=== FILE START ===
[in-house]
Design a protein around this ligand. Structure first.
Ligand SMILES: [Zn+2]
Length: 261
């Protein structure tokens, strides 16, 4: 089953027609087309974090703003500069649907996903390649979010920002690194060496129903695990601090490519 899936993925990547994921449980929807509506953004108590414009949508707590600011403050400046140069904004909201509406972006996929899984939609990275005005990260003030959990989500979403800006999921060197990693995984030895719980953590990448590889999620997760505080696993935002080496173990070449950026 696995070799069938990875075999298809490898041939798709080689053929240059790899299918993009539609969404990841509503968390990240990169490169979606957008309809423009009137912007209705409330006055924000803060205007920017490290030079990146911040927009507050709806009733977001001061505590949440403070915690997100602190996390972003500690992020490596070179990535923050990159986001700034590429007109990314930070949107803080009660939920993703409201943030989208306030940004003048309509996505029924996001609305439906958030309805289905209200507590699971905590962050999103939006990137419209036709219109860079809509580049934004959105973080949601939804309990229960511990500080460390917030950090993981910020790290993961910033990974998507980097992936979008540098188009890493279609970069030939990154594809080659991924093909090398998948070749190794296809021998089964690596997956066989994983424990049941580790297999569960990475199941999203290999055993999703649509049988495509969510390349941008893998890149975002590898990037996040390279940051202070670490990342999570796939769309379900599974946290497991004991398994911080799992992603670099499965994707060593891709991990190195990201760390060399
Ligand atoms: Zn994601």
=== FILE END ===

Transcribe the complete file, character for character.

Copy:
[in-house]
Design a protein around this ligand. Structure first.
Ligand SMILES: [Zn+2]
Length: 261
């Protein structure tokens, strides 16, 4: 089953027609087309974090703003500069649907996903390649979010920002690194060496129903695990601090490519 899936993925990547994921449980929807509506953004108590414009949508707590600011403050400046140069904004909201509406972006996929899984939609990275005005990260003030959990989500979403800006999921060197990693995984030895719980953590990448590889999620997760505080696993935002080496173990070449950026 696995070799069938990875075999298809490898041939798709080689053929240059790899299918993009539609969404990841509503968390990240990169490169979606957008309809423009009137912007209705409330006055924000803060205007920017490290030079990146911040927009507050709806009733977001001061505590949440403070915690997100602190996390972003500690992020490596070179990535923050990159986001700034590429007109990314930070949107803080009660939920993703409201943030989208306030940004003048309509996505029924996001609305439906958030309805289905209200507590699971905590962050999103939006990137419209036709219109860079809509580049934004959105973080949601939804309990229960511990500080460390917030950090993981910020790290993961910033990974998507980097992936979008540098188009890493279609970069030939990154594809080659991924093909090398998948070749190794296809021998089964690596997956066989994983424990049941580790297999569960990475199941999203290999055993999703649509049988495509969510390349941008893998890149975002590898990037996040390279940051202070670490990342999570796939769309379900599974946290497991004991398994911080799992992603670099499965994707060593891709991990190195990201760390060399
Ligand atoms: Zn994601």